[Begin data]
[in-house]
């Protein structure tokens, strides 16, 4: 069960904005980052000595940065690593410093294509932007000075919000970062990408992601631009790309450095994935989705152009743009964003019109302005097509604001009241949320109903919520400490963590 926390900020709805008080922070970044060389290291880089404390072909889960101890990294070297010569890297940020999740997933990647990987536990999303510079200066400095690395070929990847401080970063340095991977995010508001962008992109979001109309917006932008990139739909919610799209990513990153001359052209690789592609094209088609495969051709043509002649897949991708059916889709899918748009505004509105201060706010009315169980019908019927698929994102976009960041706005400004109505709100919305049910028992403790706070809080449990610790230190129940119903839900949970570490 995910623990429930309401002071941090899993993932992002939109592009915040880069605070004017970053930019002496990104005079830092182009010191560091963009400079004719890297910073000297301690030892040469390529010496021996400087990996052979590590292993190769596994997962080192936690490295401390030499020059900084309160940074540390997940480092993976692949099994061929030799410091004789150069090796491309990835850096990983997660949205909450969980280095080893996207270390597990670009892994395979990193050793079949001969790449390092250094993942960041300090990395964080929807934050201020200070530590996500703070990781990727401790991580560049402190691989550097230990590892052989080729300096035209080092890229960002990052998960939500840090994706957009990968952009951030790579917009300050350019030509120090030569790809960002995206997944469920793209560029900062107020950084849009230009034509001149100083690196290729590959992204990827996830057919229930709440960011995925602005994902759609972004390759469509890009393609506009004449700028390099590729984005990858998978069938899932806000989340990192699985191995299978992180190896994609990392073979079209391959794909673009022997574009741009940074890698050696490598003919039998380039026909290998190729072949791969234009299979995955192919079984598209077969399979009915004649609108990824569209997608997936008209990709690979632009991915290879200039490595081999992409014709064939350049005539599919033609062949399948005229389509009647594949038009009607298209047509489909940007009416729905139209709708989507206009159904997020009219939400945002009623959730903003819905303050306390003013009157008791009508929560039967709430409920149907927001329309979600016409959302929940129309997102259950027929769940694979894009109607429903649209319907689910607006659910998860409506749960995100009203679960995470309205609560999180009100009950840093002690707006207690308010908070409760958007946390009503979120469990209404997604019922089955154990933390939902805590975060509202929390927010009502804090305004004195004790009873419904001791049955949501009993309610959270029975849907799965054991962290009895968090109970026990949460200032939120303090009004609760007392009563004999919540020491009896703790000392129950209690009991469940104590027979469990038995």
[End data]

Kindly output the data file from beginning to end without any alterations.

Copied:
[in-house]
């Protein structure tokens, strides 16, 4: 069960904005980052000595940065690593410093294509932007000075919000970062990408992601631009790309450095994935989705152009743009964003019109302005097509604001009241949320109903919520400490963590 926390900020709805008080922070970044060389290291880089404390072909889960101890990294070297010569890297940020999740997933990647990987536990999303510079200066400095690395070929990847401080970063340095991977995010508001962008992109979001109309917006932008990139739909919610799209990513990153001359052209690789592609094209088609495969051709043509002649897949991708059916889709899918748009505004509105201060706010009315169980019908019927698929994102976009960041706005400004109505709100919305049910028992403790706070809080449990610790230190129940119903839900949970570490 995910623990429930309401002071941090899993993932992002939109592009915040880069605070004017970053930019002496990104005079830092182009010191560091963009400079004719890297910073000297301690030892040469390529010496021996400087990996052979590590292993190769596994997962080192936690490295401390030499020059900084309160940074540390997940480092993976692949099994061929030799410091004789150069090796491309990835850096990983997660949205909450969980280095080893996207270390597990670009892994395979990193050793079949001969790449390092250094993942960041300090990395964080929807934050201020200070530590996500703070990781990727401790991580560049402190691989550097230990590892052989080729300096035209080092890229960002990052998960939500840090994706957009990968952009951030790579917009300050350019030509120090030569790809960002995206997944469920793209560029900062107020950084849009230009034509001149100083690196290729590959992204990827996830057919229930709440960011995925602005994902759609972004390759469509890009393609506009004449700028390099590729984005990858998978069938899932806000989340990192699985191995299978992180190896994609990392073979079209391959794909673009022997574009741009940074890698050696490598003919039998380039026909290998190729072949791969234009299979995955192919079984598209077969399979009915004649609108990824569209997608997936008209990709690979632009991915290879200039490595081999992409014709064939350049005539599919033609062949399948005229389509009647594949038009009607298209047509489909940007009416729905139209709708989507206009159904997020009219939400945002009623959730903003819905303050306390003013009157008791009508929560039967709430409920149907927001329309979600016409959302929940129309997102259950027929769940694979894009109607429903649209319907689910607006659910998860409506749960995100009203679960995470309205609560999180009100009950840093002690707006207690308010908070409760958007946390009503979120469990209404997604019922089955154990933390939902805590975060509202929390927010009502804090305004004195004790009873419904001791049955949501009993309610959270029975849907799965054991962290009895968090109970026990949460200032939120303090009004609760007392009563004999919540020491009896703790000392129950209690009991469940104590027979469990038995």